Another highlight of the conference was the presentation by Eric Guillory and Jackie Anderson on achieving the integration of both print and Braille into a student’s life. Jackie and Eric related how they use both print and Braille. Jackie Anderson encourages her students by explaining, “You don’t know what you can’t see because you can’t see what you don’t see; so you must explore so you can see.”
For decades we have been resilient in promoting better library services in Maryland. Our latest venture was to join with the library community to urge the Maryland General Assembly and Governor Hogan to move library services out of MSDE and to create a new service delivery structure, the Maryland State Library Agency. Now that we have accomplished this goal and helped to garner a funding formula and adequate staff for the Library for the Blind and Physically Handicapped, it is time for LBPH to increase its role in eliminating the book famine experiences of the blind in Maryland.
Many thanks to everyone for their service in Annapolis this year. Visiting legislators in their offices, sending letters, making phone calls, and sitting through long committee hearings makes our success possible. Let’s especially give Clarence Hennigan a round of applause. I called Clarence a couple of hours before our library bill hearing to tell him that someone cancelled, and I needed him to testify. He was nervous but agreed to do it. He spoke from the heart about the importance of library services to the blind and the need for change. This was the first time Clarence ever testified in his life. He understood the value of service to his fellow blind.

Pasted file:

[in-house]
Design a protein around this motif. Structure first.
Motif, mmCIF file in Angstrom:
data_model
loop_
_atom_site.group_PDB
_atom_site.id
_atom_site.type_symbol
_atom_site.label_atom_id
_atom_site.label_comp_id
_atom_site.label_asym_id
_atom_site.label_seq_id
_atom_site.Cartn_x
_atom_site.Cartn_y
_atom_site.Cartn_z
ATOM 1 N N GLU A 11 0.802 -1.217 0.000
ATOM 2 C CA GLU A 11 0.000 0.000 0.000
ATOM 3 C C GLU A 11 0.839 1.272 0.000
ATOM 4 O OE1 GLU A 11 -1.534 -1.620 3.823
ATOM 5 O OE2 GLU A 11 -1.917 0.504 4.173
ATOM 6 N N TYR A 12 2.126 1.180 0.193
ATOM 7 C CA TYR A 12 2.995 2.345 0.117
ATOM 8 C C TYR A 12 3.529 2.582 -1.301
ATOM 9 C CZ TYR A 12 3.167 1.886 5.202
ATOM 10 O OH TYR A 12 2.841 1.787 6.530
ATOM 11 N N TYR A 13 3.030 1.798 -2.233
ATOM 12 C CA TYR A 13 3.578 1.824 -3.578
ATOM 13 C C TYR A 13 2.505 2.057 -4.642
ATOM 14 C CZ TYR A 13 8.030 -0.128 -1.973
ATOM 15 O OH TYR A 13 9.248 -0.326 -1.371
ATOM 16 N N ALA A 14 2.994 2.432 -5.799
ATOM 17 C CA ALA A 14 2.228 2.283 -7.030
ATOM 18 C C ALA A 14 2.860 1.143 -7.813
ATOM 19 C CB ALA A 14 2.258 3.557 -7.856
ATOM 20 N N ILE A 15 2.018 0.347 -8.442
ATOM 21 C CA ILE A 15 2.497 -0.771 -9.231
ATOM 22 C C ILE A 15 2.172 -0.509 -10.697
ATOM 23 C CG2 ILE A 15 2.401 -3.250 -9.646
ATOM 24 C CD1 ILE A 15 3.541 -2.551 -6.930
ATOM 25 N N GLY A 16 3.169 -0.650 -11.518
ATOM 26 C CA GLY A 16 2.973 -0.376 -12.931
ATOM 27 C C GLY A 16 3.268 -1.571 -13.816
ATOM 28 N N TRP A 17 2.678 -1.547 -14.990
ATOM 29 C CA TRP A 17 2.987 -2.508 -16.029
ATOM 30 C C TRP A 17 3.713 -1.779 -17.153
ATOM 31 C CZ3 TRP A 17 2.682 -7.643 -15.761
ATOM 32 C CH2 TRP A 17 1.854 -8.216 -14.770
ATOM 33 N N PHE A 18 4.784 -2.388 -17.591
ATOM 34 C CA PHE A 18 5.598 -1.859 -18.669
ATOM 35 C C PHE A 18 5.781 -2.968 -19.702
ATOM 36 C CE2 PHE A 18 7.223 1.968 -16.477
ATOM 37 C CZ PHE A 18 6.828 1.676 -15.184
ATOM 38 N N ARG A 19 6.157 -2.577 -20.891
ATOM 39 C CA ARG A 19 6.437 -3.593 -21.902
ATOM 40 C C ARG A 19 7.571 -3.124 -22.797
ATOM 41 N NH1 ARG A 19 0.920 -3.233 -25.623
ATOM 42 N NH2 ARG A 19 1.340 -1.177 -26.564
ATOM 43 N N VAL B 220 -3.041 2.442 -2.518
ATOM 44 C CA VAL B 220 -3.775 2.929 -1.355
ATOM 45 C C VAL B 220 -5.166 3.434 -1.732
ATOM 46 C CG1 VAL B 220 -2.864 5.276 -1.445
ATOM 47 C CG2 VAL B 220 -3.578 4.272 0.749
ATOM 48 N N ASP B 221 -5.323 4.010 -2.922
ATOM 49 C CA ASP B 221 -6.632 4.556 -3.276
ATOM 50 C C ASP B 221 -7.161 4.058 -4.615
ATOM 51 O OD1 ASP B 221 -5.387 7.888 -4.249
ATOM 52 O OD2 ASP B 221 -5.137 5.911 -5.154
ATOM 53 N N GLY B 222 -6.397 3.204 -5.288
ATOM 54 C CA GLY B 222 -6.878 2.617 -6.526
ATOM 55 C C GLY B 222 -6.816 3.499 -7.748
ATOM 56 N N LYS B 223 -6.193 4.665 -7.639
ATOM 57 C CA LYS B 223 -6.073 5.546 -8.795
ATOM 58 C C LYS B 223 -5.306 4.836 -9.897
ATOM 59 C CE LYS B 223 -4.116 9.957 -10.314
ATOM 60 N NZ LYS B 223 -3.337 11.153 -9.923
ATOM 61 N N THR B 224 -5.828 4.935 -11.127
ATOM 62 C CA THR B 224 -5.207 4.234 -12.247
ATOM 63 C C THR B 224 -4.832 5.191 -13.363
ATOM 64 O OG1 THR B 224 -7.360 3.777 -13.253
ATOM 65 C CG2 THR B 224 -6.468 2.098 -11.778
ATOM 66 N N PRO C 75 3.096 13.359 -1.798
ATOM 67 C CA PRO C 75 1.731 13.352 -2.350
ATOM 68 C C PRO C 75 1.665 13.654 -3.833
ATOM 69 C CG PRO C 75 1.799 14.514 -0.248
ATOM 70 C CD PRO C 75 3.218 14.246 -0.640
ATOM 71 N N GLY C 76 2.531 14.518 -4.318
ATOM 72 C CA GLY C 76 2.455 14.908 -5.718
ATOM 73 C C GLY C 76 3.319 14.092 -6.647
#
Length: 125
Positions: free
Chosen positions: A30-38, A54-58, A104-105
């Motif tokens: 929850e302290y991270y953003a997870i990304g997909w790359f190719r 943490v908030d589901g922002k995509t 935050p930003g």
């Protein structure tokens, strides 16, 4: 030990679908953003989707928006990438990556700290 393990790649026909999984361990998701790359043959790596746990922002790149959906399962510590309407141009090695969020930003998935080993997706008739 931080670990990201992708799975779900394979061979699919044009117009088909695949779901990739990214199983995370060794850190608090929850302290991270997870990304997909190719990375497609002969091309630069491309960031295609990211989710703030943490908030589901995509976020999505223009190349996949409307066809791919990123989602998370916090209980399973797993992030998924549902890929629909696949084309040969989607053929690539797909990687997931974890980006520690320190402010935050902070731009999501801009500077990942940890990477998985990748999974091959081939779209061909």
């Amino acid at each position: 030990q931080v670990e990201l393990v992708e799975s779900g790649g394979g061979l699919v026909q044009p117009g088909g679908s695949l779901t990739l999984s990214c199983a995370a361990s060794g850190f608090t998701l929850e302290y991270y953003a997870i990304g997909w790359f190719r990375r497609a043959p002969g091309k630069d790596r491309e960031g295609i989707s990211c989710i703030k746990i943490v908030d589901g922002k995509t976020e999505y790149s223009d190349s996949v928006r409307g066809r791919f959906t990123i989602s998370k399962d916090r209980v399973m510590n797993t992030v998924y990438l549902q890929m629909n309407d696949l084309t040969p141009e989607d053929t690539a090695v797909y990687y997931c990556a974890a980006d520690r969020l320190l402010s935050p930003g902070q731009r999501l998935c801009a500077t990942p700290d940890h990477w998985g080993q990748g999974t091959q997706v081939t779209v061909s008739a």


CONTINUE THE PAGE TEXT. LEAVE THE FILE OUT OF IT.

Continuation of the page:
I was recently appointed by Governor Hogan to serve on the Maryland State Library Board. Many Federationists serve on boards, commissions, and advisory committees concerning transportation, rehabilitation, and other disability issues. Sitting on these bodies can be torturous. But this donkeywork is important because it can keep bad things from happening. Sometimes it can even do some good.
The performance of service can be inconvenient. When the call came on short notice to run down to Washington DC to tell the Asian American Hotel Owners Association to quit telling Congress to reform the ADA as proposed in H. R. 620, many Federationists answered the call. Let’s ask Karen Anderson, Sarah Baebler, Getachew Temare, Millie Rodriguez, Barry Hond, Ellana Crew, Antonio Mendoza, Miranda Williams, Steven Booth, Eric Duffy, and Ellen Ringlein to stand and accept our appreciative applause. Please remain standing until you get your Braille magnet of appreciation.